Important Coronavirus (COVID-19) travel
In England, you must have a permitted reason to travel abroad and complete the declaration form.
Some countries have closed borders, and any country may further restrict travel or bring in new social distancing rules with little warning. Check our advice for each country you will visit or transit through.
When you return, follow the rules to enter the UK from abroad (except from Ireland).
The Foreign, Commonwealth & Development Office (FCDO) advises against all but essential travel to:
- the whole of Nepal based on the current assessment of COVID-19 risks.
Travel to Nepal is subject to entry restrictions
- Entry is currently subject to a PCR negative COVID-19 test report no more than 72 hours prior to departure or a report of complete vaccination against COVID-19
See Entry requirements for more information before you plan to travel.
Preparing for your return journey to the UK
If you’re returning to the UK from overseas, you will need to:
- provide your journey and contact details before you travel
- check if you need to self-isolate on your return
If your return journey to the UK transits another country, you should check whether it is subject to a travel ban or any other additional requirements. If so, contact your travel provider.
Check our advice on foreign travel during the coronavirus (COVID-19) pandemic and sign up for email alerts for this travel advice.
If you’re planning travel to Nepal, find out what you need to know about coronavirus there in the Coronavirus section.
During the COVID-19 pandemic, it is more important than ever to get travel insurance and check it provides sufficient cover. See the FCDO’s guidance on foreign travel insurance.
For information about COVID-19 vaccines, see the Coronavirus page.
Over 50,000 British nationals visited Nepal in 2019. Most visits are trouble-free.
At certain times of year, there can be outbreaks of dengue fever in certain parts of Nepal. If you’re travelling in these areas, take extra precautions to avoid mosquito bites. For up to date information see guidance on the TravelHealthPro website.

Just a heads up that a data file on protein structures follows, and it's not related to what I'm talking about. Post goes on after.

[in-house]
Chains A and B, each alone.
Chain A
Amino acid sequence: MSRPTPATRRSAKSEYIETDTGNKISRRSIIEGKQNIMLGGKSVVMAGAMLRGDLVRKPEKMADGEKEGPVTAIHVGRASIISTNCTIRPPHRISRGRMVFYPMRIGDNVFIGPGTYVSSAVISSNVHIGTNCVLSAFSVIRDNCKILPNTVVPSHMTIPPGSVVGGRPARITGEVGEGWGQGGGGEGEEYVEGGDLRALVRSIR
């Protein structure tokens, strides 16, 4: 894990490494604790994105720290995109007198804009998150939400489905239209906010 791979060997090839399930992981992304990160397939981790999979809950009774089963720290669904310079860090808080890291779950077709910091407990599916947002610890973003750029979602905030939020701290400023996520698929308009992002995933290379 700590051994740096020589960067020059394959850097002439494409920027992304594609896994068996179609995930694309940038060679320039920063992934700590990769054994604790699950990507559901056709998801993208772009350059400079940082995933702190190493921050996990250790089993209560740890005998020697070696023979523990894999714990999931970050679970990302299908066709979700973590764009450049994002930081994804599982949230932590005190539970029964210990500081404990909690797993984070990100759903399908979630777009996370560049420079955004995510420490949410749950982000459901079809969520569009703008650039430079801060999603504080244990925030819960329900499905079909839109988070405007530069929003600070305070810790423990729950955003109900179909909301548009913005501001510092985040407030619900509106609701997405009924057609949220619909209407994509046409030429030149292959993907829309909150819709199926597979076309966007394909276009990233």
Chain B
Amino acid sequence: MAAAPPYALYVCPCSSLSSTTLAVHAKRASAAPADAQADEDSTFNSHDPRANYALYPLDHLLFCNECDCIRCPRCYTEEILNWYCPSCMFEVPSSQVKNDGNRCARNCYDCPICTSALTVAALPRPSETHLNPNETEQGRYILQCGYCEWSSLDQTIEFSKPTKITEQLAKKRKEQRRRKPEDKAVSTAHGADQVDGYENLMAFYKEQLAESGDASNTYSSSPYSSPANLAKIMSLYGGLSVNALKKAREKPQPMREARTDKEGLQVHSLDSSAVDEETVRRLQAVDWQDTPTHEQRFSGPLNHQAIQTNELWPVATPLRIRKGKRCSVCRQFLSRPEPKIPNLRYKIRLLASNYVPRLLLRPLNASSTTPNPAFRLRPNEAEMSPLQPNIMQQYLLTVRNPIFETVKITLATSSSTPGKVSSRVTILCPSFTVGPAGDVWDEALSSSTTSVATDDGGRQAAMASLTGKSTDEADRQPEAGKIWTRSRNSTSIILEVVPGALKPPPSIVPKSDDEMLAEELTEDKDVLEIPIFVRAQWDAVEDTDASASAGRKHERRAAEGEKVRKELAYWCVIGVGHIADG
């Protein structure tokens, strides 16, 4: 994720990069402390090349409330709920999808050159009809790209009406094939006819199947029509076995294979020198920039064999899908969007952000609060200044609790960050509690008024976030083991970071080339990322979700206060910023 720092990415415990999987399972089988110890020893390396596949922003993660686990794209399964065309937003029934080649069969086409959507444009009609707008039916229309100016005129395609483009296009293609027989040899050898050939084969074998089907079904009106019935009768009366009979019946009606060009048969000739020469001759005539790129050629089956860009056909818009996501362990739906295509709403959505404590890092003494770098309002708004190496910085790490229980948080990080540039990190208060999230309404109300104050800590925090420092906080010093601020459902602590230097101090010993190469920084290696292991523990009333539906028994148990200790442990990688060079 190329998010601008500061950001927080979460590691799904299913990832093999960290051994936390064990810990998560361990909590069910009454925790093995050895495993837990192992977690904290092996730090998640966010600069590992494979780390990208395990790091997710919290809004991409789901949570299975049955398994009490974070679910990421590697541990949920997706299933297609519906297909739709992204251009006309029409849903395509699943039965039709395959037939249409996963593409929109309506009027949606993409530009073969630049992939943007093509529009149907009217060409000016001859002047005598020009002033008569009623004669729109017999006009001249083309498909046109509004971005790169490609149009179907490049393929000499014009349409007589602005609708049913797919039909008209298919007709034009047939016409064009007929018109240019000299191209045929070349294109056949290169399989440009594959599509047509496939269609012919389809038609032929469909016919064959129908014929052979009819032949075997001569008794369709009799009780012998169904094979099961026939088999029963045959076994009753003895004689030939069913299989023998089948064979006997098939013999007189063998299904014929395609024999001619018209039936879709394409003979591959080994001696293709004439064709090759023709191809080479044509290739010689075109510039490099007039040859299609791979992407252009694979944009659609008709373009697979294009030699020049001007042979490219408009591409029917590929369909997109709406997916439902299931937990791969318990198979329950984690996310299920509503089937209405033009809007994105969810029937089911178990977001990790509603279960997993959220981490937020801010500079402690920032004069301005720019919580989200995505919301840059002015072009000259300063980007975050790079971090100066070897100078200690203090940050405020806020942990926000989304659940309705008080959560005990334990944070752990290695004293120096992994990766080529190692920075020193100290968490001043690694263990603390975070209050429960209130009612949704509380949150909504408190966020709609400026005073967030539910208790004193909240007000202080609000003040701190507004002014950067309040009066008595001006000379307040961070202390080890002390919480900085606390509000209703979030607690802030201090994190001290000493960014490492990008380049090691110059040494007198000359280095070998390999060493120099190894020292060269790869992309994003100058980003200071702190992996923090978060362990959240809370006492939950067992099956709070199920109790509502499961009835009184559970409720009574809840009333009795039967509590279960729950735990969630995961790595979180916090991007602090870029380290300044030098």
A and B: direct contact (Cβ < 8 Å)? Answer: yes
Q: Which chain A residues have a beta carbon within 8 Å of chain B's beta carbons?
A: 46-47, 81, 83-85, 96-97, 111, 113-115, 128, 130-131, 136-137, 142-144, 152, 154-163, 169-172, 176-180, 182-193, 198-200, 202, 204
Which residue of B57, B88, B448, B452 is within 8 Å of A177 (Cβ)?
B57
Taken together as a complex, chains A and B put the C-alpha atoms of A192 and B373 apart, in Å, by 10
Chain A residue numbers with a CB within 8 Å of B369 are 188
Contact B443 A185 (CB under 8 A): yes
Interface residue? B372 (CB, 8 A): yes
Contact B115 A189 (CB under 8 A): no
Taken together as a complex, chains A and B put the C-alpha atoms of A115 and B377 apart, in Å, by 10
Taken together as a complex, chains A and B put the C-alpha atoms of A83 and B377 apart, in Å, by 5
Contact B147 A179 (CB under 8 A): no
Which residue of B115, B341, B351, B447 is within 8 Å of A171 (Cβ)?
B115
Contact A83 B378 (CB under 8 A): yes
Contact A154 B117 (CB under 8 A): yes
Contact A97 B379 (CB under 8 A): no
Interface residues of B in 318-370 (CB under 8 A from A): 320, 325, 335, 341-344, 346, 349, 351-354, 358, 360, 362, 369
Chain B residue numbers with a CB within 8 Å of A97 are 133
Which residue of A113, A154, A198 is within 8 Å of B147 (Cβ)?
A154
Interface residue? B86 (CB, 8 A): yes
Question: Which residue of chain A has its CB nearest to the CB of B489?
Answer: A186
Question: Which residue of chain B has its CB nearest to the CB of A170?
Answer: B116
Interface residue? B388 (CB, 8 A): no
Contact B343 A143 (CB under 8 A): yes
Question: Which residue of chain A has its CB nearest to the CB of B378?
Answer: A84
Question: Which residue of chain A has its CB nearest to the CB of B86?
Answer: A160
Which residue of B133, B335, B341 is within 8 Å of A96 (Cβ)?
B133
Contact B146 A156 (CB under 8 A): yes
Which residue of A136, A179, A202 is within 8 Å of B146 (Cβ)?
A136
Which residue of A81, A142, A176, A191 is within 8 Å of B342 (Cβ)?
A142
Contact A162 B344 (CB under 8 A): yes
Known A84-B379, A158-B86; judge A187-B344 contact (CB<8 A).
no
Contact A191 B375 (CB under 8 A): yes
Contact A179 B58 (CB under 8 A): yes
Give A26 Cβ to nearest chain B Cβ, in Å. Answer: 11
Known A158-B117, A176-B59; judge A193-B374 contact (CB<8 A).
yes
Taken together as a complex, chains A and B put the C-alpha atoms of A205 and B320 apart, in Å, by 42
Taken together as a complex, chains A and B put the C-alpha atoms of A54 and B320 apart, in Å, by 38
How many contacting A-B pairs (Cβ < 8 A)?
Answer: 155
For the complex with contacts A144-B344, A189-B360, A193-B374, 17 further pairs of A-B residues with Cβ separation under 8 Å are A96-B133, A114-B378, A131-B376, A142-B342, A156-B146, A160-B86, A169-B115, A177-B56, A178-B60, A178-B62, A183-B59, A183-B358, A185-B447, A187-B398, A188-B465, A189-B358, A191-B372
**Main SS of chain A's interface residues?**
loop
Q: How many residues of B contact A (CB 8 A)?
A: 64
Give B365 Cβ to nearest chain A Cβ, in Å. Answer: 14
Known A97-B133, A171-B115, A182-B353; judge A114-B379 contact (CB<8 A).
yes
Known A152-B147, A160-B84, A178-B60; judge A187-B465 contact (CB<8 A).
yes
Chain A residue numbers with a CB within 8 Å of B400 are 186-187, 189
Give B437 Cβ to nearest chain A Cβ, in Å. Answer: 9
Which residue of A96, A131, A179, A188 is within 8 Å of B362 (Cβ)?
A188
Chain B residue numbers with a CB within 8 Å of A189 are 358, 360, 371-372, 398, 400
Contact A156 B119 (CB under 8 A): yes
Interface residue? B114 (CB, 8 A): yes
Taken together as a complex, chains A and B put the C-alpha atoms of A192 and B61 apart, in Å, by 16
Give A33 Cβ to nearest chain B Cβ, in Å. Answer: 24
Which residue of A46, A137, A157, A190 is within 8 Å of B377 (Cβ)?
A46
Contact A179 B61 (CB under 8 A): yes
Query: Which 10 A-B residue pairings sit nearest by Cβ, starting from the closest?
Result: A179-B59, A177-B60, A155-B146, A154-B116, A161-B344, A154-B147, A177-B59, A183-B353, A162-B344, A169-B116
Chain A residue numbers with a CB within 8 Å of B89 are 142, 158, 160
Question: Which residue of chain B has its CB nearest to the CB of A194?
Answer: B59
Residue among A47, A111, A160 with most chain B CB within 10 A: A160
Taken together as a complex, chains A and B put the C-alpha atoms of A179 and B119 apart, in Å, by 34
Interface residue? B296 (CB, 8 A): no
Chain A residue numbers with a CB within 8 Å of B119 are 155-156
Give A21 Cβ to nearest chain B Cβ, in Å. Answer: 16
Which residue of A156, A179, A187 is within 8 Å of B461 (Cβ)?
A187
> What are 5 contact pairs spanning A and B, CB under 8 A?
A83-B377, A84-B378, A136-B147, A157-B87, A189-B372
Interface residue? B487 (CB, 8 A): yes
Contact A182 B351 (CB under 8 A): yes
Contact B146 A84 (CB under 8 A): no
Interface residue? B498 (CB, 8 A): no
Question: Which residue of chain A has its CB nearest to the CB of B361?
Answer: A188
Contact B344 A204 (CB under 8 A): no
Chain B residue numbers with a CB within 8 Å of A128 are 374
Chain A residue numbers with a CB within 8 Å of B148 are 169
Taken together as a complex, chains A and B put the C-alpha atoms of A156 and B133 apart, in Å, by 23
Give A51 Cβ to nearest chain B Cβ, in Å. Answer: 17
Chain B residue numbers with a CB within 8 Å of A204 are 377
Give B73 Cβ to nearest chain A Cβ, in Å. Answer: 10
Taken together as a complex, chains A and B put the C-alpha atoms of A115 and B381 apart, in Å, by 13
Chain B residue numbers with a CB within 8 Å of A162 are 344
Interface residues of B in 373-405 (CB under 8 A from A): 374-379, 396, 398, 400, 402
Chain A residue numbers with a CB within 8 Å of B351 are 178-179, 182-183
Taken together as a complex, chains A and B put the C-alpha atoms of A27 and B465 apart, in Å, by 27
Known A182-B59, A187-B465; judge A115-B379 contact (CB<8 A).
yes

The monsoon season normally runs from June to September. Flooding and landslides often occur during this time. Road travel anywhere can be hazardous, particularly in rural areas. See Monsoon season
Nepal is in a major earthquake zone and remains at risk from further earthquakes and aftershocks. You should familiarise yourself with safety procedures in the event of an earthquake. See Earthquakes
Small scale politically motivated protests, demonstrations or strikes are fairly common in Nepal. They can occur at short notice and clashes between protesters and law enforcement agencies may occur. You should exercise caution and avoid any demonstrations.
You’ll need a visa to enter Nepal. At present, it may not be possible to get a visa on arrival. You are advised to contact your nearest Embassy of Nepal before your departure for Nepal. See Visas
On 26 May 2019 a series of bomb blasts took place in Kathmandu, causing 4 fatalities. Two improvised explosive devices detonated in Kathmandu in February and March 2019, causing injuries and one fatality. There are reports that a local group has made efforts to extort businesses, NGOs and local and international schools. You should remain vigilant and report any incidents to the local police.
Never trek alone. Use a reputable agency, remain on established routes and walk with at least one other person. Take note of weather conditions and forecasts, and come prepared. Permissions for mountaineering expeditions for Spring 2020 (including existing permissions) have been suspended. Altitude sickness is a risk in all trekking regions. See Trekking in Nepal
All air carriers from Nepal have been refused permission to operate air services to the EU due to safety concerns. See Air travel
Car and motorbike accidents are one of the biggest causes of injury and death overseas. If possible, avoid travelling at night. Always travel in a well-maintained vehicle with seatbelts. If you travel by motorbike, wear a helmet and proper footwear. See Road travel
High levels of air pollution can occur in Nepal. Children, the elderly and those with pre-existing medical conditions may be especially affected by poor air quality. You can check the pollution index levels for real-time information, and the WHO factsheet on air quality.
Terrorists are likely to try to carry out attacks in Nepal. See Terrorism
If you’re abroad and you need emergency help from the UK government, contact the nearest British embassy, consulate or high commission.
If you need to contact the emergency services, call 100 (police) and 101 (fire). There is no central public ambulance service, though some private providers operate in the main cities. In an emergency, you should call the local hospital.
The Overseas Business Risk service offers information and advice for British companies operating overseas on how to manage political, economic, and business security-related risks.